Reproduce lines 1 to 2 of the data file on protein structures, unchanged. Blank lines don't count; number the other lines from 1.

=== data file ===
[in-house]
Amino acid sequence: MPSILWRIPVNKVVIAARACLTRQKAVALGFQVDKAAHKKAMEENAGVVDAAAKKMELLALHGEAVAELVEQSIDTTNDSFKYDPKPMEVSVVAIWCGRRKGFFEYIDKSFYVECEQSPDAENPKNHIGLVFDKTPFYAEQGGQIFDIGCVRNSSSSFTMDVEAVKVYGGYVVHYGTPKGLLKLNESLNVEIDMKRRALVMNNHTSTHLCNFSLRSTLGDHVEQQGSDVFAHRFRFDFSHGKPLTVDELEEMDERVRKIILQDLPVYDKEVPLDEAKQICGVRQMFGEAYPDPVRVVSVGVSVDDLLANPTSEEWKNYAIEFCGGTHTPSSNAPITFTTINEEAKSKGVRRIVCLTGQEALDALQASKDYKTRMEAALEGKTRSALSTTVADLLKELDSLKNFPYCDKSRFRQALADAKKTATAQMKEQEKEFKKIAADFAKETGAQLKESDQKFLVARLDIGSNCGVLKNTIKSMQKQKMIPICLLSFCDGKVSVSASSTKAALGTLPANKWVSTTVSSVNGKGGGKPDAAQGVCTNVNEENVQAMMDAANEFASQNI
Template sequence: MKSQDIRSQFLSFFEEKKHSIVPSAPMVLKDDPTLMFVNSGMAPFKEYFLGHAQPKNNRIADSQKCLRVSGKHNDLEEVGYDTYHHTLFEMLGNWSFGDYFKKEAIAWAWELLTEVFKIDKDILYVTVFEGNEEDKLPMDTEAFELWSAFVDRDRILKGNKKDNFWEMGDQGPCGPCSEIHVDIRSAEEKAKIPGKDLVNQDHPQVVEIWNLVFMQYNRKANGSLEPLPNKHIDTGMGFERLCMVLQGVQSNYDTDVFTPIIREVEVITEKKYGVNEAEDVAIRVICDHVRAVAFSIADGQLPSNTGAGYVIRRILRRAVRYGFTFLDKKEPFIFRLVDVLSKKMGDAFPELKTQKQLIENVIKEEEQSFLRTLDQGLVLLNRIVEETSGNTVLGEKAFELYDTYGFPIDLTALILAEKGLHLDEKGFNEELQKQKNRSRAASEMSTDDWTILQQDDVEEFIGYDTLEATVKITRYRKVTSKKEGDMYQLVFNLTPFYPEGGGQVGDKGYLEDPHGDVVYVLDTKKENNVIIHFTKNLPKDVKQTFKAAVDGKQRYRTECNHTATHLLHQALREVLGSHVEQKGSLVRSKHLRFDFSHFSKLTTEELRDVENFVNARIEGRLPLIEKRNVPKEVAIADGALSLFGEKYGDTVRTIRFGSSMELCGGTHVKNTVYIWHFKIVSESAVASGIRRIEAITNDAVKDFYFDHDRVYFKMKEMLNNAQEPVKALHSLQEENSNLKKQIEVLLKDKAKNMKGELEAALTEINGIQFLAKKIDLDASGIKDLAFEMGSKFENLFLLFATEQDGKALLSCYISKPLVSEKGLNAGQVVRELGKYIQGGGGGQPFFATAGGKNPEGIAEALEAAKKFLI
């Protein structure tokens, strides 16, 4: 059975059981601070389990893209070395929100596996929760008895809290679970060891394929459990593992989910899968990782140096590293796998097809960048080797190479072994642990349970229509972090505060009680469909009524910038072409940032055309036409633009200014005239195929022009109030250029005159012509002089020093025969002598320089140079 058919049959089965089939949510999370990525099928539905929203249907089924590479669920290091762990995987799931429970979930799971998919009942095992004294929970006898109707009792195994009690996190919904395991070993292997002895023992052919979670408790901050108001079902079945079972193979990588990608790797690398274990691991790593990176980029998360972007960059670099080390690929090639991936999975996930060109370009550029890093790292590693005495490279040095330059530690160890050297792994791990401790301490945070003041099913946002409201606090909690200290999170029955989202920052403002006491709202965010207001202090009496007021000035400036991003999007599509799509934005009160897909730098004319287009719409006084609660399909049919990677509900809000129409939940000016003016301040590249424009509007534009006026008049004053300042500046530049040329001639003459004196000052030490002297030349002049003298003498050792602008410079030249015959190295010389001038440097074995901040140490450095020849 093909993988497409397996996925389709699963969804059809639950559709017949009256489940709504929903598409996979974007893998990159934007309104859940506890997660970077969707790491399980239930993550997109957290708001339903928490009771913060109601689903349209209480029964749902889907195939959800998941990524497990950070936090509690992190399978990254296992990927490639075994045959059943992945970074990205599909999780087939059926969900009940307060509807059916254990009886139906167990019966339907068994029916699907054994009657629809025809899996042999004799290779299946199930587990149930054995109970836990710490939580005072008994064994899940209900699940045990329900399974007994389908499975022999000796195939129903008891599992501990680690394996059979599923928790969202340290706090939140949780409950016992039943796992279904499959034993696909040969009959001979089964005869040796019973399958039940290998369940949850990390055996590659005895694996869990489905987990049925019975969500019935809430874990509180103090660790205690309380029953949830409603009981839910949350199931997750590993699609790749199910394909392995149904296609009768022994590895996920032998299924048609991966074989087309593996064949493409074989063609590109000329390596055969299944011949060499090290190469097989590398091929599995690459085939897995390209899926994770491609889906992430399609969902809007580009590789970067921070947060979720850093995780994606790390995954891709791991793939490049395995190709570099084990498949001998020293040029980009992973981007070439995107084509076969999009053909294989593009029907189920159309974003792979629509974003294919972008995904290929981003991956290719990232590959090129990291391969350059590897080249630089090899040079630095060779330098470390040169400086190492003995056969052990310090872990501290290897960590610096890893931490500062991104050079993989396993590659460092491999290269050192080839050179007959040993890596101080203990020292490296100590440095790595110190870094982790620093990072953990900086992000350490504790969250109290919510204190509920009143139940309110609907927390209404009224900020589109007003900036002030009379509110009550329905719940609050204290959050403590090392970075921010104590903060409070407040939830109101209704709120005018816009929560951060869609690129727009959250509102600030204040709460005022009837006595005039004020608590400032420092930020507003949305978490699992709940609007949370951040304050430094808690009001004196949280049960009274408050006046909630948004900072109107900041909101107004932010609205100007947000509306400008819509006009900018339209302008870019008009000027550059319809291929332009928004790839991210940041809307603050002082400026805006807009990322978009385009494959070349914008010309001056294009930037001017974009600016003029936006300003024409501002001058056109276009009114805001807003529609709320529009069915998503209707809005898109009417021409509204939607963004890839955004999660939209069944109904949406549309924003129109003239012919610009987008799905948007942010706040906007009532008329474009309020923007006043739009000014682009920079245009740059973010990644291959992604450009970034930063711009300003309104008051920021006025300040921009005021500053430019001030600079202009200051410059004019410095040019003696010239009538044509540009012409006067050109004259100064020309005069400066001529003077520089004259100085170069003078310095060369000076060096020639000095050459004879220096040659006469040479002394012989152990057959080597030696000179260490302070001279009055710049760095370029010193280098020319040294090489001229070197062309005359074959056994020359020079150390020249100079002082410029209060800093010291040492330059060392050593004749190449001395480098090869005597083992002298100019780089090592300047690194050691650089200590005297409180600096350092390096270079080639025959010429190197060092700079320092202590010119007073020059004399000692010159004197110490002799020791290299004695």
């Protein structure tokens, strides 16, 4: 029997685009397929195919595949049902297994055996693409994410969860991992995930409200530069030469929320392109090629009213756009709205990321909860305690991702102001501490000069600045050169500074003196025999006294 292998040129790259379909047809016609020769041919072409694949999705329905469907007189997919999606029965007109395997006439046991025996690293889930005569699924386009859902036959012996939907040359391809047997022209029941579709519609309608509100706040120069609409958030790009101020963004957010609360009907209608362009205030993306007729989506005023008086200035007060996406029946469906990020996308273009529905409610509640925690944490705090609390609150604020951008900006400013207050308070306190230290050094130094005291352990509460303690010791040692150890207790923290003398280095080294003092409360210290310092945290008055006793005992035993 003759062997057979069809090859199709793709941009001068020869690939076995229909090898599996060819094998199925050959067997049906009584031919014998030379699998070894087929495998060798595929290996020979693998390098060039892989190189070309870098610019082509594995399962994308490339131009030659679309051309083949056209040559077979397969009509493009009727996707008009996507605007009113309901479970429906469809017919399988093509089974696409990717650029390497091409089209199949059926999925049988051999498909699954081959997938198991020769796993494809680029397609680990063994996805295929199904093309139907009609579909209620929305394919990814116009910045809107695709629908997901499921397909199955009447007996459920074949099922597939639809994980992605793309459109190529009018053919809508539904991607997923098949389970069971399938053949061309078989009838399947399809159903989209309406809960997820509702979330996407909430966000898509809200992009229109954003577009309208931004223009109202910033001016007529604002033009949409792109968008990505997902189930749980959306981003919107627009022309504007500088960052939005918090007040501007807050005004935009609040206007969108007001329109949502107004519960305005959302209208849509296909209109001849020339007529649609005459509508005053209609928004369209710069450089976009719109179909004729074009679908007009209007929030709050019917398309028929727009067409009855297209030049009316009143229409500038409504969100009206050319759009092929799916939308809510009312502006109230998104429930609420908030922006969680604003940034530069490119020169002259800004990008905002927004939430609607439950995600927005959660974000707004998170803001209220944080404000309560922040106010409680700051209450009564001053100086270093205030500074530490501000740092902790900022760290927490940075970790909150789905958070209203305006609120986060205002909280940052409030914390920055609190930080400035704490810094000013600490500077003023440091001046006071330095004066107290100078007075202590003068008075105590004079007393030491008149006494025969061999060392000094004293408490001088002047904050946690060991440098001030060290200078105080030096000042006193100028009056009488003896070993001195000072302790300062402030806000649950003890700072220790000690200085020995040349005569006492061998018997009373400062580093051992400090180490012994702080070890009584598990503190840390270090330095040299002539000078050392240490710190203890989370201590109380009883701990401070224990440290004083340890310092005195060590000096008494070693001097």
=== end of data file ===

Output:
[in-house]
Amino acid sequence: MPSILWRIPVNKVVIAARACLTRQKAVALGFQVDKAAHKKAMEENAGVVDAAAKKMELLALHGEAVAELVEQSIDTTNDSFKYDPKPMEVSVVAIWCGRRKGFFEYIDKSFYVECEQSPDAENPKNHIGLVFDKTPFYAEQGGQIFDIGCVRNSSSSFTMDVEAVKVYGGYVVHYGTPKGLLKLNESLNVEIDMKRRALVMNNHTSTHLCNFSLRSTLGDHVEQQGSDVFAHRFRFDFSHGKPLTVDELEEMDERVRKIILQDLPVYDKEVPLDEAKQICGVRQMFGEAYPDPVRVVSVGVSVDDLLANPTSEEWKNYAIEFCGGTHTPSSNAPITFTTINEEAKSKGVRRIVCLTGQEALDALQASKDYKTRMEAALEGKTRSALSTTVADLLKELDSLKNFPYCDKSRFRQALADAKKTATAQMKEQEKEFKKIAADFAKETGAQLKESDQKFLVARLDIGSNCGVLKNTIKSMQKQKMIPICLLSFCDGKVSVSASSTKAALGTLPANKWVSTTVSSVNGKGGGKPDAAQGVCTNVNEENVQAMMDAANEFASQNI